Over the past 24 hours, Gawker, the controversial gossip blog owned by Gawker Media, has earned some extraordinary and entirely justified opprobrium. It brought this on itself by posting a prurient and cruel story about the alleged sexual conduct of a finance executive employed by rival media company Condé Nast.
The link I’ve provided above is not to Gawker’s site, but to an archived copy of the particular post. Given the way this news story has gone viral, I cannot protect the name of the individual accused of hiring a gay prostitute, but I can at least do something to minimise adding clicks on Gawker’s site. Though it will have little effect, I likewise won’t name the smeared person. That will mean one less direct link between his name and Gawker’s allegations. Still, the damage has been done: there is little we can do ameliorate it, since the post has already been seen by a vast online audience.
Gawker’s prurient post
As Yezmin Villarreal accurately describes the Gawker post (writing at Advocate.com), it alleges that a named finance executive “tried to hire a gay porn star for sex at a cost of $2,500.” Villareal adds, again accurately, “The [Gawker] story contains screenshots of text messages and photos that allegedly identify the man, who is married to a woman and has children.”
The man concerned is a senior executive in a large company, but he is not a politician or in any other sense a public figure. He is not a morals campaigner, or an anti-gay campaigner, or a person who could justly be accused of public hypocrisy if the allegations turned out to be true. Even if there could be some circumstances in which such a post might be justified - which I doubt - this is remote from them. The post appears to be pure clickbait, displaying a callous, if not outright malicious, attitude to an individual and his family.
Worries about freedom of speech
I am a free speech advocate, a somewhat prominent one. I’m very suspicious of government censorship, and I strongly support the rights of artists, intellectuals, and ordinary people to express themselves frankly and fearlessly.
Even where government censorship is not involved, I worry when I see ideas, opinions, and cultural productions (such as literary and artistic works) interpreted unfairly or censoriously. In many cases, I’ll defend individual speakers and artistic creators, and their books and movies, and the full range of cultural productions that can have meanings and influence our thoughts. In those many cases, I ask for a degree of charity, sensitivity, and complexity of interpretation sufficient to give writers, speakers, artists - and ordinary people - their due.
I can’t, however, say much in defence of Gawker, particularly when it is Gawker and its author that have used a very large public platform to single out and smear a specific private individual. To me, it’s gratifying that so many voices are being raised in that person’s defence and against Gawker’s actions.
Still, these sorts of situations can test our understanding of freedom of speech, and perhaps also challenge our commitment to it. We might wonder what redress someone should have when treated in this way. Perhaps he will be able to sue for defamation, but this is difficult in the US, and I expect it will be impossible if the allegations are, indeed, true. Should he be able to obtain redress in the courts? Mightn’t freedom of speech argue against that?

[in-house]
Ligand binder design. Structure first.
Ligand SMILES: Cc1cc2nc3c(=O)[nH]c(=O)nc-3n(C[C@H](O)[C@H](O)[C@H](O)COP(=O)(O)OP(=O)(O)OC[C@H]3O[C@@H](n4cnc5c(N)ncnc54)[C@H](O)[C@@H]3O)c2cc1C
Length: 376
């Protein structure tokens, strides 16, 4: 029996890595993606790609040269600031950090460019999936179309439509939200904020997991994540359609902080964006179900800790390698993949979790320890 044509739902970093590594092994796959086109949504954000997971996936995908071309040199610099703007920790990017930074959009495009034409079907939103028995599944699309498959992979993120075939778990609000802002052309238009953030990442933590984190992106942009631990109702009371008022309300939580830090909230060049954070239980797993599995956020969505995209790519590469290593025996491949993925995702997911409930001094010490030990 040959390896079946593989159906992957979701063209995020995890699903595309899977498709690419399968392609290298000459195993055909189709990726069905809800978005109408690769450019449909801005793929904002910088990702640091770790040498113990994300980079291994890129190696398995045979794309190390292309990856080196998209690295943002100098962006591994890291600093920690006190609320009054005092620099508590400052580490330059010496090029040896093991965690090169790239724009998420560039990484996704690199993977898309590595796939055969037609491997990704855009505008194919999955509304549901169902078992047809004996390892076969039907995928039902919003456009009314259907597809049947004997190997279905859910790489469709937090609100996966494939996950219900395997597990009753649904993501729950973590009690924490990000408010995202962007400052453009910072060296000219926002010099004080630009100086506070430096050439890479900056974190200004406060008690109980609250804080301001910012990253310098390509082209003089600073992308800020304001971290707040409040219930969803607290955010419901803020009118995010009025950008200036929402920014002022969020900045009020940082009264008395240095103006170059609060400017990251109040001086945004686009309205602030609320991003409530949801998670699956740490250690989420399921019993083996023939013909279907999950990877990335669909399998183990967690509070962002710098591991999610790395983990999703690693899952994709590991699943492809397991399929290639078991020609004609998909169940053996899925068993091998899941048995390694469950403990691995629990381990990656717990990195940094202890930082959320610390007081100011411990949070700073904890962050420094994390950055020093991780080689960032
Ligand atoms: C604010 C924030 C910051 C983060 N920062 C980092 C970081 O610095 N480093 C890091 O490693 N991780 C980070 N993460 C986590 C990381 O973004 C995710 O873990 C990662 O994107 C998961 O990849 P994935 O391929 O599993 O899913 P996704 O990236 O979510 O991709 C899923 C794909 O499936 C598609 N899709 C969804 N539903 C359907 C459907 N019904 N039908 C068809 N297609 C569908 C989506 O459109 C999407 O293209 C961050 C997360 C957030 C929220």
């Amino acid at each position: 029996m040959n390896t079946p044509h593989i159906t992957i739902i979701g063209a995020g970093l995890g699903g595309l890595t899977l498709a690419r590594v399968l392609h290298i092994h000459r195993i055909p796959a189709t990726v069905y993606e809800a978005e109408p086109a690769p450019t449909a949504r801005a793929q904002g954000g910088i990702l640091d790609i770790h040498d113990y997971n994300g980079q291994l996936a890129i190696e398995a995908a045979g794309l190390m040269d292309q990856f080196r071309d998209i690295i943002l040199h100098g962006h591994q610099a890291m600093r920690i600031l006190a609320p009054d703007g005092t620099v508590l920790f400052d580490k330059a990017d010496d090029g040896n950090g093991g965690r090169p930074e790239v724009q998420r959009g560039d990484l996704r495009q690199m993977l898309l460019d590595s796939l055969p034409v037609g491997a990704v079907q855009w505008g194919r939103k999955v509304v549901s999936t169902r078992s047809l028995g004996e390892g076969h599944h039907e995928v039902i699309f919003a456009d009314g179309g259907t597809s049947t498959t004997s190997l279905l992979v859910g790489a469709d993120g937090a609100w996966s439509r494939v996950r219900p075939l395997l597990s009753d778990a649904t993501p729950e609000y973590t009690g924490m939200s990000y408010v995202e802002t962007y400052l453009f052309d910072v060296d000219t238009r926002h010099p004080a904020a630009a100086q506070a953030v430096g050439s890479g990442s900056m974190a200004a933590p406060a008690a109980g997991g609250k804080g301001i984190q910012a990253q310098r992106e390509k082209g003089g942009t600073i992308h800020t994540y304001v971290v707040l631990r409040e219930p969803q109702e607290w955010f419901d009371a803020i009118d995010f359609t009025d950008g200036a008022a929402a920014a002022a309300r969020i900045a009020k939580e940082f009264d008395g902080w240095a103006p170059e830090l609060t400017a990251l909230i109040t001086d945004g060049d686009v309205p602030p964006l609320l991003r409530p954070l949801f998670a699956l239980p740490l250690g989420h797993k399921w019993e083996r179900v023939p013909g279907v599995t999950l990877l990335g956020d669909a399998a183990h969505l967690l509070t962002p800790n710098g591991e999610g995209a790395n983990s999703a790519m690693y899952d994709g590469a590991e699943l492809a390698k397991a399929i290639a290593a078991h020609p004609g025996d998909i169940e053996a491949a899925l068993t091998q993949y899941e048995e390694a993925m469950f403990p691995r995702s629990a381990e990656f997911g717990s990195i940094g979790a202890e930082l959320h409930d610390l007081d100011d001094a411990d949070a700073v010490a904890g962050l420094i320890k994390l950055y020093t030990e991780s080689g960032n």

My view is that in an extreme case such as this, where there has been such a deliberate and potentially devastating intrusion on an identifiable individual’s privacy - and from an author with such a large platform - some legal redress should be available. Indeed, it should be available whether the allegations are true or not.
That view may surprise some people who know me as a free speech advocate, but allow me to explain.
Free speech - what’s it all about?
Reflection on such cases can sharpen our conceptions of what free speech is about: of what it is actually for. Speaking for myself, and not for other free speech advocates, I defend a conception rather different from those I often see from political libertarians. I am less fixated on the power of governments; I am less absolutist in opposing restrictions; but at the same time, I worry about a wider range of threats. I worry not only about state power but also threats from private power and popular opinion. Above all, I am concerned to protect the free exchange of opinions and ideas, whether the free exchange is impeded by state power or by power of other kinds.
This can lead to a more subtle and difficult analysis than the simple attitude of: “Government censorship bad; everything else okay.”
Governments can, of course, restrict the exchange of opinions and ideas, and they frequently strive to do so. They wield frightening powers, including the power to imprison and sometimes even the power to kill, and this should make us especially vigilant about their actions. Liberal-minded people - people thinking and working within the great traditions of liberal political theory - will thus be concerned about government censorship of opinions, and more generally about the use of government power to stifle discussion and debate (somewhat related to this, we are also concerned about government attempts to control literature and the arts).